IFRS 15, quantified description of expected effects of future implementation on 2017 figures, contracting

Rolls-Royce Holdings plc – Annual report – 31 December 2017

Industry: manufacturing

Financial Review (extract)

IFRS 15

As highlighted in 2016, the introduction of the new revenue reporting standard, IFRS 15 Revenue from Contracts with Customers, will change fundamentally how Rolls-Royce measures its revenue and profit, Civil Aerospace having by far the largest impact. There are three broad implications:

  • linked accounting will cease to exist so all OE sales will be treated on the same basis;
  • OE engine cash deficits will no longer be capitalised and recorded as contractual aftermarket rights, they will instead be recognised on delivery; and
  • revenue and profit for aftermarket services will be recognised on an activity basis as costs are incurred.

Further information on the 2017 results under IFRS 15 can be found on page 55.

IFRS 15 (page 55)

Group – impact of adopting IFRS 15

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IFRS 15 overview

IFRS 15 Revenue from Contracts with Customers (effective from 1 January 2018) replaces the separate models for goods, services and construction contracts currently included in IAS 11 Construction Contracts and IAS 18 Revenue. The Group will present its 2018 results, including 2017 comparatives, on an IFRS 15 basis.

IFRS 15 impact

The impact of IFRS 15 on the 2017 underlying results is shown in the tables on this page with further information provided in notes 1 and 27 to the Consolidated Financial Statements. The cumulative impact on net assets as at 31 December 2017 is £(5.2)bn.

As processes and procedures are further embedded during 2018, it is possible that some changes to the impact may result. The adoption of IFRS 15 has had a significant impact on the measurement and the timing of recognition of revenue, most particularly in the Civil Aerospace business. It has no impact on the timing or measurement of the reported cash flows.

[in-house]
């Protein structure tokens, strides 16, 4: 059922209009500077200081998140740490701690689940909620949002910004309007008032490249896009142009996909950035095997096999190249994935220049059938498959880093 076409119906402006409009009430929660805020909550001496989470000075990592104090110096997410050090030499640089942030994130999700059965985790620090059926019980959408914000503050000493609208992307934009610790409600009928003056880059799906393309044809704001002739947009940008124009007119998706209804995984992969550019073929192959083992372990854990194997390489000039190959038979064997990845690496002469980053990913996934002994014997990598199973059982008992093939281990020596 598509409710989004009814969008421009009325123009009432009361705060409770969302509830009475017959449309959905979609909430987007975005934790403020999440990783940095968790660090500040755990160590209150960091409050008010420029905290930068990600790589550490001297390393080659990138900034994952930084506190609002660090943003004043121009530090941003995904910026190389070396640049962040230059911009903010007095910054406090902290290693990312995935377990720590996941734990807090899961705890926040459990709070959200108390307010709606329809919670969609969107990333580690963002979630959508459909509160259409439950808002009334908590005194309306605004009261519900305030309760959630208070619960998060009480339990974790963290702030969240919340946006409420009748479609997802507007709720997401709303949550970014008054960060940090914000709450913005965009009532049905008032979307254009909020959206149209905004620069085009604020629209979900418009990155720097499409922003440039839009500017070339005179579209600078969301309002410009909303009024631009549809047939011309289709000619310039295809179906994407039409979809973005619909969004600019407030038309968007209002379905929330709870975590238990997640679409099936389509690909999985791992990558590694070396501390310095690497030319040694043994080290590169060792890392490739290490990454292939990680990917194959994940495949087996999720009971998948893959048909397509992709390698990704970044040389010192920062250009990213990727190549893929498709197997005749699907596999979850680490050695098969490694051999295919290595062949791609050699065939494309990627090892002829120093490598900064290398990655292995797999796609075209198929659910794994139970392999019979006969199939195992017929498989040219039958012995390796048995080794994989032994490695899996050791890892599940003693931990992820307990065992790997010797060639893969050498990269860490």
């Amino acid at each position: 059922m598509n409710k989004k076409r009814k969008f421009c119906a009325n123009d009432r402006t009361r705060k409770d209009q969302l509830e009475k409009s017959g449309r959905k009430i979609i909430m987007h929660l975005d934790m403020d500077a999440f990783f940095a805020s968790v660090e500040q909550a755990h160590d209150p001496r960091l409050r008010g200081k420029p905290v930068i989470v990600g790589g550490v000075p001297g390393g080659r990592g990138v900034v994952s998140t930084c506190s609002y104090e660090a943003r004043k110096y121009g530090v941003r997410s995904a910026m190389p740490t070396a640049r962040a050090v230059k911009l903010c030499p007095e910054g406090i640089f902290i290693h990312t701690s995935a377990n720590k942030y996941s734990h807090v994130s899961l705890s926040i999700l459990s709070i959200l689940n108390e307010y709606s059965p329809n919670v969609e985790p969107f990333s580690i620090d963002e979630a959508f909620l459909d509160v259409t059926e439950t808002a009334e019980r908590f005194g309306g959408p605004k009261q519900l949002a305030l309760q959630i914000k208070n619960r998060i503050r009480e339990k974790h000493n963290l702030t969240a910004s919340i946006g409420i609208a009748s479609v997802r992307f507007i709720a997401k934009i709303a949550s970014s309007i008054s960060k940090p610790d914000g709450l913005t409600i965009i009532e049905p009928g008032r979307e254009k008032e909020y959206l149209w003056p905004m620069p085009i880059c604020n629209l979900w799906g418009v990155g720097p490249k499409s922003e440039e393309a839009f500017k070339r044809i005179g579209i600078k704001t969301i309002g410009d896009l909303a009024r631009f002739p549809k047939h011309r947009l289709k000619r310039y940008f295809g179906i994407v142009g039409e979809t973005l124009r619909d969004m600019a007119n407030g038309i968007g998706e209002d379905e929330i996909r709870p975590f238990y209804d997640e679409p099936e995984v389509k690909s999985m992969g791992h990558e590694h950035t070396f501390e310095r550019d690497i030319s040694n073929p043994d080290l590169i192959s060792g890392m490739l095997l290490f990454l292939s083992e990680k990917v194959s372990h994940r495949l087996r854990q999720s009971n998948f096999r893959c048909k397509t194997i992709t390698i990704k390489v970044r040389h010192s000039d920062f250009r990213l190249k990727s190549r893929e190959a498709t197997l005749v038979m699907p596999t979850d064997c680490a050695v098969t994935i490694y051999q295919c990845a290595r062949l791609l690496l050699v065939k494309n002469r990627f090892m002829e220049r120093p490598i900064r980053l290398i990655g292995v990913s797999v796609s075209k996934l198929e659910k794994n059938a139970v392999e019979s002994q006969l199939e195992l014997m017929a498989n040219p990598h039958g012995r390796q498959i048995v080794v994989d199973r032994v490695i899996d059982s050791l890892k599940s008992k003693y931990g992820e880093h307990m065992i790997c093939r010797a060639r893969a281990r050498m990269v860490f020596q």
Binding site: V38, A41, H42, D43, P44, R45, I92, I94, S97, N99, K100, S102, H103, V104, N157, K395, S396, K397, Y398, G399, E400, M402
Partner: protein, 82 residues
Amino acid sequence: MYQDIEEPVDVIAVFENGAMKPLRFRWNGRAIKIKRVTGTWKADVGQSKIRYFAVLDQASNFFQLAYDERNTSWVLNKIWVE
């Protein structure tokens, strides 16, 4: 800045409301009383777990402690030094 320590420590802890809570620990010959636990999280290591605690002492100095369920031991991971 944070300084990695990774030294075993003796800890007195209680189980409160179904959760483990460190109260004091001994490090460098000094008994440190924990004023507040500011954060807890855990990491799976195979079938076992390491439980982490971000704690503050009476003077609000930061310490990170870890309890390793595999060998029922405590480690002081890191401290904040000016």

The key impacts of adopting IFRS 15 on our Civil Aerospace business are:

  • generally, our contracts with airframers for OE and with operators for aftermarket services will not be linked;
  • revenue for OE will be recorded at the net amount of consideration receivable with any profit or loss on sale, after recognition of the costs of producing the OE, recorded on delivery; and
  • revenue on LTSAs will be recognised as services are performed rather than as the equipment is used as is frequently the case under the current accounting policy. The stage of completion will be measured using the actual costs incurred to date compared to the estimated costs to complete the performance obligation. As we are generally paid on a monthly basis as engine flying hours occur, whilst overhaul and repair activities happen periodically over the term of the LTSA, the recognition of revenue and profit will generally be deferred compared to the current accounting policy and to cash receipts.

In addition, the overall net impact on operating profit of the adoption of IFRS 15 within the Defence Aerospace business was £4m. This comprised a £34m LTSA margin impact which is broadly expected to recur in the short term, but was offset by a £30m favourable timing benefit from a spares distribution contract, which is not expected to repeat in 2018.

Civil Aerospace – impact of adopting IFRS 15